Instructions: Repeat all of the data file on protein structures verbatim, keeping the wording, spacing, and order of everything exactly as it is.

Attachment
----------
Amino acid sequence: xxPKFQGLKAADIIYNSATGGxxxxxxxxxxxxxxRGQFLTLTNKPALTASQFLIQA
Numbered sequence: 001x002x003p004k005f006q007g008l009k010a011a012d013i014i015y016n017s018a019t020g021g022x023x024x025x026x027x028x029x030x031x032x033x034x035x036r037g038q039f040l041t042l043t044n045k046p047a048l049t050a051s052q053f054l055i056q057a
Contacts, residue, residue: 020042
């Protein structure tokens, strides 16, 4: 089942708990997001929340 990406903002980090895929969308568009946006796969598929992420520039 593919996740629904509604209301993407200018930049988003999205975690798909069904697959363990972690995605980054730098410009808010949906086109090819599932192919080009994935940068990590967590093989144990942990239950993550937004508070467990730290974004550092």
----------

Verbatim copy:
Amino acid sequence: xxPKFQGLKAADIIYNSATGGxxxxxxxxxxxxxxRGQFLTLTNKPALTASQFLIQA
Numbered sequence: 001x002x003p004k005f006q007g008l009k010a011a012d013i014i015y016n017s018a019t020g021g022x023x024x025x026x027x028x029x030x031x032x033x034x035x036r037g038q039f040l041t042l043t044n045k046p047a048l049t050a051s052q053f054l055i056q057a
Contacts, residue, residue: 020042
């Protein structure tokens, strides 16, 4: 089942708990997001929340 990406903002980090895929969308568009946006796969598929992420520039 593919996740629904509604209301993407200018930049988003999205975690798909069904697959363990972690995605980054730098410009808010949906086109090819599932192919080009994935940068990590967590093989144990942990239950993550937004508070467990730290974004550092």